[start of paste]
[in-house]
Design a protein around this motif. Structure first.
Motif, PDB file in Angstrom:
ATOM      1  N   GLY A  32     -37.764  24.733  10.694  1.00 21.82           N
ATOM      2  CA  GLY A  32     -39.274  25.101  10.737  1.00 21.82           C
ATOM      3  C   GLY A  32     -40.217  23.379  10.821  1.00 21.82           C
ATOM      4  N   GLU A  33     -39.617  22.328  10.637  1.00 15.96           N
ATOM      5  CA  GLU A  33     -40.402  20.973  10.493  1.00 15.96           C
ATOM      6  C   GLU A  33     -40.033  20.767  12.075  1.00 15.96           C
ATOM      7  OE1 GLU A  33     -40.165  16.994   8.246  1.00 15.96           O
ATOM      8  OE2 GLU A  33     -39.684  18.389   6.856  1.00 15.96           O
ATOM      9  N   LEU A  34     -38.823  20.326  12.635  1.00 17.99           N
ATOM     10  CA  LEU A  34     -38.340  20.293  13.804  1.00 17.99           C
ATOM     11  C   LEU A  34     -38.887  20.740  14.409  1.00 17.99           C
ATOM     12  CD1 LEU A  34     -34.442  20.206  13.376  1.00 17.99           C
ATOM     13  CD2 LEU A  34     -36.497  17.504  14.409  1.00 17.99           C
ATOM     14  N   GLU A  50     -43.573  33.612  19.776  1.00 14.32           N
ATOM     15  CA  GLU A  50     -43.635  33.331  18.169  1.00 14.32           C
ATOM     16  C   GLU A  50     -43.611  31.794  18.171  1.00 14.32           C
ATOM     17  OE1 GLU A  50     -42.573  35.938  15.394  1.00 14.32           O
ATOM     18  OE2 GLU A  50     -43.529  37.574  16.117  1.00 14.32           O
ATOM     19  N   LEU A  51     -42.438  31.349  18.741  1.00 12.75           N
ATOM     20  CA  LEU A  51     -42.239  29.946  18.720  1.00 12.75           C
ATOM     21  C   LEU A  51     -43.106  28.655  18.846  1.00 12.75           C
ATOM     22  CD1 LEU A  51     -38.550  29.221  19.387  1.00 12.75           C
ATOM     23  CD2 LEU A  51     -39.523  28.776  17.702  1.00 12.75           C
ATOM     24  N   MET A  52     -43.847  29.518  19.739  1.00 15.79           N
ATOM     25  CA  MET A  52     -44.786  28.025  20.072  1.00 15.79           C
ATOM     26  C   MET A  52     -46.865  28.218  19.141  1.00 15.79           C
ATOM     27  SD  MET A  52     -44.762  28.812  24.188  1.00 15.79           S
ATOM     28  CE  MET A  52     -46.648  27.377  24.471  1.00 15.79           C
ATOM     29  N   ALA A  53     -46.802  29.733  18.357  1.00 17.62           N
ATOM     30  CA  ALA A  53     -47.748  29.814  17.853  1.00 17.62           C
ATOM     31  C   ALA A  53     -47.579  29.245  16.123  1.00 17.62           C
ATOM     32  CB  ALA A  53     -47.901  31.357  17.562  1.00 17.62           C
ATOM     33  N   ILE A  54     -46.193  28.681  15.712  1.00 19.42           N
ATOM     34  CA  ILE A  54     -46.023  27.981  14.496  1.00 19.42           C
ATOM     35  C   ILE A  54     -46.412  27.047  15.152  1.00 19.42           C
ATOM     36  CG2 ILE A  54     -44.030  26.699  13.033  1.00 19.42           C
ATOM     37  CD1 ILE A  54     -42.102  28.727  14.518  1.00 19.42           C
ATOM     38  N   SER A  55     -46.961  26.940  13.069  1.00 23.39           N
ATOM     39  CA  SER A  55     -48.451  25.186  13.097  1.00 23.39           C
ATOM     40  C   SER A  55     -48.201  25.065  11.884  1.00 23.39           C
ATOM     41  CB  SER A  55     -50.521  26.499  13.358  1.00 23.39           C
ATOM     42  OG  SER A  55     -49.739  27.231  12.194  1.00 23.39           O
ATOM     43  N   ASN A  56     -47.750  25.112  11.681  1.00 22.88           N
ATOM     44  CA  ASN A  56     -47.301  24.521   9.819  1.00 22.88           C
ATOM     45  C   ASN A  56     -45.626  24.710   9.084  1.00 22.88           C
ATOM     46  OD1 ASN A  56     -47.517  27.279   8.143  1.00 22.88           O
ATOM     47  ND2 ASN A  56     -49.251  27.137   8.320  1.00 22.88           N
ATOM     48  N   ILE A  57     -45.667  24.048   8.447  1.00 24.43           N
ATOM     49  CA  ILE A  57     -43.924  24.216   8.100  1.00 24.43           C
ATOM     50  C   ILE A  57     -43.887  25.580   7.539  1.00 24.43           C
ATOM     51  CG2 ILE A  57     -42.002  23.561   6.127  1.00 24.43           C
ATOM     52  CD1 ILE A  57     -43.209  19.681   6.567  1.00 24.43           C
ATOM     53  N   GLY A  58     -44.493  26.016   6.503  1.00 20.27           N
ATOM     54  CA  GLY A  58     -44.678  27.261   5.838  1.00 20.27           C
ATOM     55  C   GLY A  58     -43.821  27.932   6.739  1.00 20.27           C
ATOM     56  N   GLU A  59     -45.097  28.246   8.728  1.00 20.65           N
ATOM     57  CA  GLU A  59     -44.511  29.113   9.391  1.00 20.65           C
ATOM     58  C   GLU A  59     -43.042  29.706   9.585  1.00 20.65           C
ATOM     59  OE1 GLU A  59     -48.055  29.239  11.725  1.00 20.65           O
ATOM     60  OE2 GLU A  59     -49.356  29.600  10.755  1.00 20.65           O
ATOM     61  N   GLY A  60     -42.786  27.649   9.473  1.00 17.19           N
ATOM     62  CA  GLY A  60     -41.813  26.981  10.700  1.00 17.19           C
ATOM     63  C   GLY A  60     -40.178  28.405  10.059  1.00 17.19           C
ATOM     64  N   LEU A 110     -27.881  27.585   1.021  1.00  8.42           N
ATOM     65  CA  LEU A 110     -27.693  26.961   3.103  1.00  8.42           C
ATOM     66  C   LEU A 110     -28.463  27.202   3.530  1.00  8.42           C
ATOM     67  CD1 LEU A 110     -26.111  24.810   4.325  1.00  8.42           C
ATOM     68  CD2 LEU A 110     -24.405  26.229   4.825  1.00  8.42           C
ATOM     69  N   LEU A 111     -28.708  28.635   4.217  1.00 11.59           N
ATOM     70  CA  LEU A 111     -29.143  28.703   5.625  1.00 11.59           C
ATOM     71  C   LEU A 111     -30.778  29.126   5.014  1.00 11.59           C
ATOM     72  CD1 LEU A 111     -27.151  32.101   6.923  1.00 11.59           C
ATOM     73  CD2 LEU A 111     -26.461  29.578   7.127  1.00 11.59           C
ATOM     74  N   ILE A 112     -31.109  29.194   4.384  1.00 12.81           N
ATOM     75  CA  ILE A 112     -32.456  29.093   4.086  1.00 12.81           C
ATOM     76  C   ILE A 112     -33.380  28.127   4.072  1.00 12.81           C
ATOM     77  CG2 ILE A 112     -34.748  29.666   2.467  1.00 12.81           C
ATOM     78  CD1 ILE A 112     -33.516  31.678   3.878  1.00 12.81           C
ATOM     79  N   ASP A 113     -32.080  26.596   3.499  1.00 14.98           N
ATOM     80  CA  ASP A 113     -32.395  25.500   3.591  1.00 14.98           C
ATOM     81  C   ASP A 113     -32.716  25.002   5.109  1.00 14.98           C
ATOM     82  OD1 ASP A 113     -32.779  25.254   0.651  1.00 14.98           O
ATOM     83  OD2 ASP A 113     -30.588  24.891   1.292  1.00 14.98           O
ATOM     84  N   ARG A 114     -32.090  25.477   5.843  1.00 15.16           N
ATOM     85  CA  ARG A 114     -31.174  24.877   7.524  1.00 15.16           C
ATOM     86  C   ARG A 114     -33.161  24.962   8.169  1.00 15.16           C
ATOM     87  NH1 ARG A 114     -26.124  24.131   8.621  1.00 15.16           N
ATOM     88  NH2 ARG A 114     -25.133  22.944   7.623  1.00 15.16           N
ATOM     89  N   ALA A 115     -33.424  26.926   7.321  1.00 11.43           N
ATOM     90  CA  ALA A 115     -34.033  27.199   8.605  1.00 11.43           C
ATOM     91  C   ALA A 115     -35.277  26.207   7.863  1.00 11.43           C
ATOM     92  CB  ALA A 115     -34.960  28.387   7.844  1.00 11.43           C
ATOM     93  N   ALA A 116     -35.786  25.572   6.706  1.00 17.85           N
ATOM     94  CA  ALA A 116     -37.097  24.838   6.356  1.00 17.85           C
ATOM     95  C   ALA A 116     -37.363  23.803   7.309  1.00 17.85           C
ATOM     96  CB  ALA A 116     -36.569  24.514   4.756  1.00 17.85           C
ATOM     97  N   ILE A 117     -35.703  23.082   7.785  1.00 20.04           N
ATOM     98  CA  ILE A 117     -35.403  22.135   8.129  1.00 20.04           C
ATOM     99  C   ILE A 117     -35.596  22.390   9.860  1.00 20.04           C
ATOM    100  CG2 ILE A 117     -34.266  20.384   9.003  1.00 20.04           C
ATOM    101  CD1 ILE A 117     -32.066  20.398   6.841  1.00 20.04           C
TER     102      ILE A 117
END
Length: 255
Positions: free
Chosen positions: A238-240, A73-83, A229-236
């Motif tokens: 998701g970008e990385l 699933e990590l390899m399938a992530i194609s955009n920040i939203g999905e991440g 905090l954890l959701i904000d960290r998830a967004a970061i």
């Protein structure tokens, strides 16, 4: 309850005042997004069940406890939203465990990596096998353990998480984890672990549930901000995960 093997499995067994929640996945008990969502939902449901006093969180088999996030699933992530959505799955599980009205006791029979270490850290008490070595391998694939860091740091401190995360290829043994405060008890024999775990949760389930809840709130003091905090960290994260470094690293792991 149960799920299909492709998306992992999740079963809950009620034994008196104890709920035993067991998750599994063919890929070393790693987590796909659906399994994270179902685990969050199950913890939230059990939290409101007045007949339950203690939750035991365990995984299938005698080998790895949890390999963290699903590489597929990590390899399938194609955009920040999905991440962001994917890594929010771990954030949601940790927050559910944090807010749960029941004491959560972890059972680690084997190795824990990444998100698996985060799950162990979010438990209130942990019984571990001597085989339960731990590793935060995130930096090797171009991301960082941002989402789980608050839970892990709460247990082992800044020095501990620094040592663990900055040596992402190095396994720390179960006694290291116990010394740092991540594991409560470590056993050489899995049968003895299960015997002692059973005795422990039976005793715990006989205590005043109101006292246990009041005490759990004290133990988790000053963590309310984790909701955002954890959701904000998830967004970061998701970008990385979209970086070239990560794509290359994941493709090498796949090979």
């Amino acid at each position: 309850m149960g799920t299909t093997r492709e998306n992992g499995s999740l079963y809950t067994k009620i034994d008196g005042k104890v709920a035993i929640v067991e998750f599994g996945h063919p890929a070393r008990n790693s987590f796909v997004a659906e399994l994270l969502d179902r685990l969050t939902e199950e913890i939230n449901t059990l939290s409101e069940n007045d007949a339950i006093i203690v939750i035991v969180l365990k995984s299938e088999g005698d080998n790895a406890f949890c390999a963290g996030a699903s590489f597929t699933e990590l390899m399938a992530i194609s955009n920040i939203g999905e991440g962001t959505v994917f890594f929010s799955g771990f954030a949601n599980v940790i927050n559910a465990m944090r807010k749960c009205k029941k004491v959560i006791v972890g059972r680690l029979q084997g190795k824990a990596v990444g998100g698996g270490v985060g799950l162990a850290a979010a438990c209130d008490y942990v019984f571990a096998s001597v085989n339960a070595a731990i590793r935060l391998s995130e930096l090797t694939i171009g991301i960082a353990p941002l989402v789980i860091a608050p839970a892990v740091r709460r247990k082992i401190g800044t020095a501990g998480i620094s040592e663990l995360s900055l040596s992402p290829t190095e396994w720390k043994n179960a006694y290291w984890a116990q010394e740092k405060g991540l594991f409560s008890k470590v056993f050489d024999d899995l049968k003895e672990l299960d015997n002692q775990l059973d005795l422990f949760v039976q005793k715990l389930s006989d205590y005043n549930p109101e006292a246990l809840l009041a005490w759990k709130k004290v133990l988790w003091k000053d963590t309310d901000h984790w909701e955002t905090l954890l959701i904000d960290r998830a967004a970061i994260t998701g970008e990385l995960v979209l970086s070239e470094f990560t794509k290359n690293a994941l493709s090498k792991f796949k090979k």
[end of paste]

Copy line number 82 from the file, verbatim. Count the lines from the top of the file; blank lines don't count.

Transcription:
ATOM     79  N   ASP A 113     -32.080  26.596   3.499  1.00 14.98           N